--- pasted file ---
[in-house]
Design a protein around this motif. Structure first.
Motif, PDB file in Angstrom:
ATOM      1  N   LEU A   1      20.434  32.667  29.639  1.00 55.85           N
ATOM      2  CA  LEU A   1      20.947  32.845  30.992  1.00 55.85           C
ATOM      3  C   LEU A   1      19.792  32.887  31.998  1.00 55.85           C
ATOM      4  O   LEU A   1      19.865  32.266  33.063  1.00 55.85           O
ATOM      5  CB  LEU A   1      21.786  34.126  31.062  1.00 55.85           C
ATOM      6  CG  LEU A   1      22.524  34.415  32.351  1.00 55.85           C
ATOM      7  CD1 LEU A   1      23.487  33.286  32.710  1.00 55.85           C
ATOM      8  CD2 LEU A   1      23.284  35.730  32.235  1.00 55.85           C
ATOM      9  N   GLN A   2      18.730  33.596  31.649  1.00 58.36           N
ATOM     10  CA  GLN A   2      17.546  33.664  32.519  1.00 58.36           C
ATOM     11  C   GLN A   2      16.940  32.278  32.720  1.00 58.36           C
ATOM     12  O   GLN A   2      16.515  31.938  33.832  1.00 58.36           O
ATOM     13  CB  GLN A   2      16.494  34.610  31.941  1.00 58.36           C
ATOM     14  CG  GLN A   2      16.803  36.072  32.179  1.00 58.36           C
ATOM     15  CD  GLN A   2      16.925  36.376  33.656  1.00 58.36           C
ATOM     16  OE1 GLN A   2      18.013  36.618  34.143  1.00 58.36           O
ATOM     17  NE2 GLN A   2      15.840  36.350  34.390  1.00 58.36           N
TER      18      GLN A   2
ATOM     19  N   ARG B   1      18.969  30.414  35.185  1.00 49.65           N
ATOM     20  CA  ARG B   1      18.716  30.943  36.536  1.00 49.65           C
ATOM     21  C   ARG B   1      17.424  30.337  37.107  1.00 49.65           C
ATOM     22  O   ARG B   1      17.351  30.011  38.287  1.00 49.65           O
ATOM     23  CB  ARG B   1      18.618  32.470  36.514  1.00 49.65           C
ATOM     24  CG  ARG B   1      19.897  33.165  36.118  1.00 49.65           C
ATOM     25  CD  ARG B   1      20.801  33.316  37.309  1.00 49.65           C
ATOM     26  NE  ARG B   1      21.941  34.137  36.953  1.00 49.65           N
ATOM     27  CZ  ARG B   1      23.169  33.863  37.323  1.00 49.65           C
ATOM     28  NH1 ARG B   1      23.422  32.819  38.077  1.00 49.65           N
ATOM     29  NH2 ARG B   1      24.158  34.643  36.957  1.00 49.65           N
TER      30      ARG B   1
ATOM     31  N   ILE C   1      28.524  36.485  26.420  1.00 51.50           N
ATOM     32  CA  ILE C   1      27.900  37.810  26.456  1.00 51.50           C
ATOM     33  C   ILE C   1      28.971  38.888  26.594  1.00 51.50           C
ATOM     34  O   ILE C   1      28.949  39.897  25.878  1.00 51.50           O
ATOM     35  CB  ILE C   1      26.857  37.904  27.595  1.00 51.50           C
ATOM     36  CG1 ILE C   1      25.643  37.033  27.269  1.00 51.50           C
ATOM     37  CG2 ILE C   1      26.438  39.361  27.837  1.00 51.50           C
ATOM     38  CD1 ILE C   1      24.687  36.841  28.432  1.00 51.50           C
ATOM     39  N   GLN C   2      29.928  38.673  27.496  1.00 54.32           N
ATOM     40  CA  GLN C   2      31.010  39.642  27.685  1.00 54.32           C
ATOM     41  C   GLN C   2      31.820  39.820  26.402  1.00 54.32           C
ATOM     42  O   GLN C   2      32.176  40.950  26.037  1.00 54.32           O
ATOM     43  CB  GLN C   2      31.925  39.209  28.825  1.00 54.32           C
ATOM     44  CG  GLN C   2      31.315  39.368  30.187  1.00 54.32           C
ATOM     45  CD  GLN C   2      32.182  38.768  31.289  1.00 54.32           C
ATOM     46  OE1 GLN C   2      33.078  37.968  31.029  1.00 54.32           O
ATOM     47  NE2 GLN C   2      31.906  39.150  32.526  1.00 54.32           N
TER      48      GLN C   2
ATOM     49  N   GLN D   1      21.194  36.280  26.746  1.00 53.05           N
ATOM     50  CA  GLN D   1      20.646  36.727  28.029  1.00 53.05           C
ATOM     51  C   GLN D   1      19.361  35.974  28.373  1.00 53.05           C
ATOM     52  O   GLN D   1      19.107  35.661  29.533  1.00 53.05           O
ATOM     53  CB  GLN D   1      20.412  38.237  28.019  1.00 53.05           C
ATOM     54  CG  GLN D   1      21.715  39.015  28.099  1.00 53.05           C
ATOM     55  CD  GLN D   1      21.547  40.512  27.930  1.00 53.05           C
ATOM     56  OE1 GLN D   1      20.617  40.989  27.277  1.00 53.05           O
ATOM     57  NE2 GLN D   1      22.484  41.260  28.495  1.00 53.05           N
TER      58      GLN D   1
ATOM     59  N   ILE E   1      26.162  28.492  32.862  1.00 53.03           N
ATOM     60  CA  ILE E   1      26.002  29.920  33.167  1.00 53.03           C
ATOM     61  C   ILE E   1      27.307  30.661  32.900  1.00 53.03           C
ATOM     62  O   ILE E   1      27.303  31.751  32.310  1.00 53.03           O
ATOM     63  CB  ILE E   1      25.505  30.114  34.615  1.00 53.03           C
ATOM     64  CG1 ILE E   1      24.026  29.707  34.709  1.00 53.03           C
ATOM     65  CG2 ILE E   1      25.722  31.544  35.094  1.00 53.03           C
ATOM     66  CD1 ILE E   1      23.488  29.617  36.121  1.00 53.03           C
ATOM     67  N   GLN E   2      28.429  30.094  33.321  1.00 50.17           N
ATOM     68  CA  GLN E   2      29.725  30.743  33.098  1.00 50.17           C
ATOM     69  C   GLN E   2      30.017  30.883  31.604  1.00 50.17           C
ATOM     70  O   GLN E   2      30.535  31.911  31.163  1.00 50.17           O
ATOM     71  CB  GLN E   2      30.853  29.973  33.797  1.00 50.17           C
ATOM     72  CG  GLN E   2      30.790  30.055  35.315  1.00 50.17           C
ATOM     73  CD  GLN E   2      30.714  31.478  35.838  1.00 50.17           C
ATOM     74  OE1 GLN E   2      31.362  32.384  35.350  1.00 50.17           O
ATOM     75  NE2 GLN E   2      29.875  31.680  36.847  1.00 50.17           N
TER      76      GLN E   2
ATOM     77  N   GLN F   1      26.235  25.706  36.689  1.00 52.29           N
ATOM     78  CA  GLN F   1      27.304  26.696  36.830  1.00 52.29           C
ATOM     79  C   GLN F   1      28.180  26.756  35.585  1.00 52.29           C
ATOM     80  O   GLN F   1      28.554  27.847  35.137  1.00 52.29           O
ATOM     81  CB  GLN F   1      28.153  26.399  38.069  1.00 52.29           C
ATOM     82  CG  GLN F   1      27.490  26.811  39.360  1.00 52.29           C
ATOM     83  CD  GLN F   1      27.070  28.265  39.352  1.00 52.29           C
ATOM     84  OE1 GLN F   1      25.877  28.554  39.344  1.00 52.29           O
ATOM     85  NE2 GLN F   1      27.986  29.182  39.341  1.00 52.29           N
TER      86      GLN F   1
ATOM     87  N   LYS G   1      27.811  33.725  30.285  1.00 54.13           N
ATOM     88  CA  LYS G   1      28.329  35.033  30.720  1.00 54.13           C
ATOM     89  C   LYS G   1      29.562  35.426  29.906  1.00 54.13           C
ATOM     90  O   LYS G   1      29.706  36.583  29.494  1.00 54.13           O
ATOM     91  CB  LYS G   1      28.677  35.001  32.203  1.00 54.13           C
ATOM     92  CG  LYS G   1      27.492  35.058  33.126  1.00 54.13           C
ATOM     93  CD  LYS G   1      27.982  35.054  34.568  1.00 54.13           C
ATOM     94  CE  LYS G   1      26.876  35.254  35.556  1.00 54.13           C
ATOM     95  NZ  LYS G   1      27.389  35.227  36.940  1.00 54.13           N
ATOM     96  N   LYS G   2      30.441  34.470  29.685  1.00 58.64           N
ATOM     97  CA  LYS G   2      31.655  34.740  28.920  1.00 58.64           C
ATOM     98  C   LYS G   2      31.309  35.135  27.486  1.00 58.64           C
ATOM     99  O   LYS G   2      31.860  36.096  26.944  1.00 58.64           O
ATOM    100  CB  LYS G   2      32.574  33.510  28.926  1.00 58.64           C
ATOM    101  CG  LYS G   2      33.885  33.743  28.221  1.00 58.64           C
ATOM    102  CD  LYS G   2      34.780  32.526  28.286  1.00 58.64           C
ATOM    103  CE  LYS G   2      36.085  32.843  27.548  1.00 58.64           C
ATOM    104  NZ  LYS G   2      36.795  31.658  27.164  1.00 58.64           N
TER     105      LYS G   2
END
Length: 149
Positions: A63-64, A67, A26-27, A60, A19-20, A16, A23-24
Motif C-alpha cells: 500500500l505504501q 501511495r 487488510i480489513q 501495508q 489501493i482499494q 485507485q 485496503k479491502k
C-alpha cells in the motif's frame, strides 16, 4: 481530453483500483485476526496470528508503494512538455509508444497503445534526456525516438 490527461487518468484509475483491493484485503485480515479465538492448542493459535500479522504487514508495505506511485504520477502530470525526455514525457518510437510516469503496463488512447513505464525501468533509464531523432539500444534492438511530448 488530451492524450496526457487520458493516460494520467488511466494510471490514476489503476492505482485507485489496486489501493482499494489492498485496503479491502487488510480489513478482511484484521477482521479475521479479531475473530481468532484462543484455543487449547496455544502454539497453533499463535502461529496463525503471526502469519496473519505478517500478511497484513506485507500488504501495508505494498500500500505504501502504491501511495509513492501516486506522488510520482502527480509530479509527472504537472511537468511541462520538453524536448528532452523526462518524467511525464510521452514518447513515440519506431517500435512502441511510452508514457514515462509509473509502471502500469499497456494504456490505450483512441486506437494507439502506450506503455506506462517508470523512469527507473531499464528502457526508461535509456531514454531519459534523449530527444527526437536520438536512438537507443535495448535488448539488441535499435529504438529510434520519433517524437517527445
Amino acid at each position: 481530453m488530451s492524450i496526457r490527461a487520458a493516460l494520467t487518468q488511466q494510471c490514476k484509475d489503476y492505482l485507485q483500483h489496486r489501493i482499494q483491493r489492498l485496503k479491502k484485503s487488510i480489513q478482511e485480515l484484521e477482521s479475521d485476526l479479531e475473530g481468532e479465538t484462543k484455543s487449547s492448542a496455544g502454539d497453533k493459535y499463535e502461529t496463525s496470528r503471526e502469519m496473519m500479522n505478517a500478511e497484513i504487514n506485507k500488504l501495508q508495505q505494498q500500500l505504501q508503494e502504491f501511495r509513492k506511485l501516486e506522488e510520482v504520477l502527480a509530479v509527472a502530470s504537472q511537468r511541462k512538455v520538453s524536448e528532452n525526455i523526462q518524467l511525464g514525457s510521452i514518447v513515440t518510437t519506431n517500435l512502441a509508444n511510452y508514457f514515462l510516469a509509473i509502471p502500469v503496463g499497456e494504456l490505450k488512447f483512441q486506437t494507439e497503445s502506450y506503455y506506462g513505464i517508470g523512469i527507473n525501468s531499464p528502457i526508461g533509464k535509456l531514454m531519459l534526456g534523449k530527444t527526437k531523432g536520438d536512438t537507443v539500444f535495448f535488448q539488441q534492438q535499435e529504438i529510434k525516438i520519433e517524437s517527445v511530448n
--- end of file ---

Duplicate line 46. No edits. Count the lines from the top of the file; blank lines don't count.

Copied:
ATOM     43  CB  GLN C   2      31.925  39.209  28.825  1.00 54.32           C